Insert – Kmdt Dolf de la Rey (left) and Perla Gibson (right) at the Cape Town Torch Rally
Of extreme interest was co-leader of the Torch Commando rally in Cape Town – Kmdt. Dolf de la Rey – he famously captured Winston Churchill during the Boer War fighting for the Boers and became an anti-apartheid activist after WW2, another one of the rich tapestry of Afrikaner war heroes in conflict with National Party politics and philosophy.
Follow the below two links to view film footage of The Torch Commando in action:
During the Cape Town “Torch” 50,000 civilians joined the 10,000 veterans when the protest moved to hand over a petition at the Parliament buildings in Cape Town. The police barred the way and a scuffle broke out. 160 Protesters where injured along with 15 Policemen.
In a speech at a massive Johannesburg Torch rally involving over 75,000 war veterans and civilians (try and envisage that – 75,000 people on an anti-apartheid protest in downtown Johannesburg – a protest that size had never been seen before), standing outside City Hall in Johannesburg, Sailor Malan made reference to the ideals for which the Second World War was fought:
“The strength of this gathering is evidence that the men and women who fought in the war for freedom still cherish what they fought for. We are determined not to be denied the fruits of that victory.”
The Torch Commando fought the anti-apartheid legislation battle for more than five years. At its height the commando had 250 000 members, making it one of the largest protest movements in South African history.
DF Malan’s nationalist government was so alarmed by the number of judges, public servants and military officers joining the organisation that those within the public service or military were prohibited from enlisting, lest they lose their jobs – in the long-term this pressure led to the gradual erosion of the organisation.
Also the National Party government, being extremely concerned about the influence this movement might have, especially under the leadership of the war hero tried to discredit the Torch Commando and its leaders through means of negative propaganda. For the rest of his life, Sailor would be completely ignored by the government. The National Party press caricatured him as “a flying poodle”, dressed in his leathers and flying goggles, in the service of Jan Smuts and the Jewish mine-bosses, who were referred to as the “Hochenheimers”.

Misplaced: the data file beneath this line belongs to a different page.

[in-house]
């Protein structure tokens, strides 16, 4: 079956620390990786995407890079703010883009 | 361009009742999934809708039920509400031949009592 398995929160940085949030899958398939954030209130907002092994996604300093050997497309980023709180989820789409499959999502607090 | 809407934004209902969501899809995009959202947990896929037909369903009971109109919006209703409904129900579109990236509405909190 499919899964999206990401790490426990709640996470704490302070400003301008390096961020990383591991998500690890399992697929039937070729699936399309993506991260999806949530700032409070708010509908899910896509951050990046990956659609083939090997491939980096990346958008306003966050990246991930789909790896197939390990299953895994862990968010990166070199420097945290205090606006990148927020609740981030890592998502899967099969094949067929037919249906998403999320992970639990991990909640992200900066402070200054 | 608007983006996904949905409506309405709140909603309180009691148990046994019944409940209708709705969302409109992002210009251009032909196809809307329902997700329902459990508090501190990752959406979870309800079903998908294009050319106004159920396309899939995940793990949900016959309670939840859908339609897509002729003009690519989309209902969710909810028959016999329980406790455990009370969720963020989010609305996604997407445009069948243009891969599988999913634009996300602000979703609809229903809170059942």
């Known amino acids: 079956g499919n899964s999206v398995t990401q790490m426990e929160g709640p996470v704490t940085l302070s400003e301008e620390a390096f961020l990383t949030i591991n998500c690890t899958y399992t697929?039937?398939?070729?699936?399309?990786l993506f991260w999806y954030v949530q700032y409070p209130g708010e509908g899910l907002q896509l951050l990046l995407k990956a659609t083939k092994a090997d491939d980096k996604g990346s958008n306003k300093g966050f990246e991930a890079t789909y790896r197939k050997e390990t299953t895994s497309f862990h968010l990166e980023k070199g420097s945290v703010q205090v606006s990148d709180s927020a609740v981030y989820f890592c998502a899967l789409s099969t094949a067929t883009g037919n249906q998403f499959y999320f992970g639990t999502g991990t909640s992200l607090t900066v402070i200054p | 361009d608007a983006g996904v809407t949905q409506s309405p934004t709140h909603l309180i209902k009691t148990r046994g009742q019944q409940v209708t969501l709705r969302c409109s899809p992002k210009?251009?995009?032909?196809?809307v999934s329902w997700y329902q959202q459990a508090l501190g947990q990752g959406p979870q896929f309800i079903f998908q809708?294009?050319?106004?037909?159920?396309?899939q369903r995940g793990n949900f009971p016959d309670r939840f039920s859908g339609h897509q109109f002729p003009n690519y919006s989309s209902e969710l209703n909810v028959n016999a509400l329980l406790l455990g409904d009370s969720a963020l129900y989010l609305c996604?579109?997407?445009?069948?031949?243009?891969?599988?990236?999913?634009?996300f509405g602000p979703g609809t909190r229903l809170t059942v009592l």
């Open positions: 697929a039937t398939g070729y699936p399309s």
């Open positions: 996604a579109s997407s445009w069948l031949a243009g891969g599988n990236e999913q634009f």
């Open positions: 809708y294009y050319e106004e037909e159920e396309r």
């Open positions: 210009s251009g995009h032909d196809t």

Despite this, Sailor continued to fight against the violation of human rights in South Africa with the same passion and moral fibre that allowed him to fight so vigorously against fascism and racism during the Battle of Britain. His dream of a better, democratic life for all in South Africa not only urged and carried him forward, but also caused him to be shunned by and isolated from his white National Afrikaner countrymen who were blinded by the short-sighted racial discrimination of their government.
He would become known to them as a traitor and an outsider of “another kind”. DF Malan, during his term as Prime Minister, would refer to him as “an imported British officer” and it was due to his own integrity that he would, towards the end of his life, turn his back on the oppression and immorality of the country he loved so much. His individual brilliance as the Spitfire fighter pilot during the heroic battle in the skies above London and the British Channel were not enough to bring victory in this struggle.
In 1963, Sailor Malan, one of the most famous fighter pilots in the history of the Royal Air Force, lost his fight against Parkinson’s Disease and died at the young age of 52. The funeral service was held at St. Cyprians Cathedral and he was laid to rest in his beloved Kimberley.
An inconvenient truth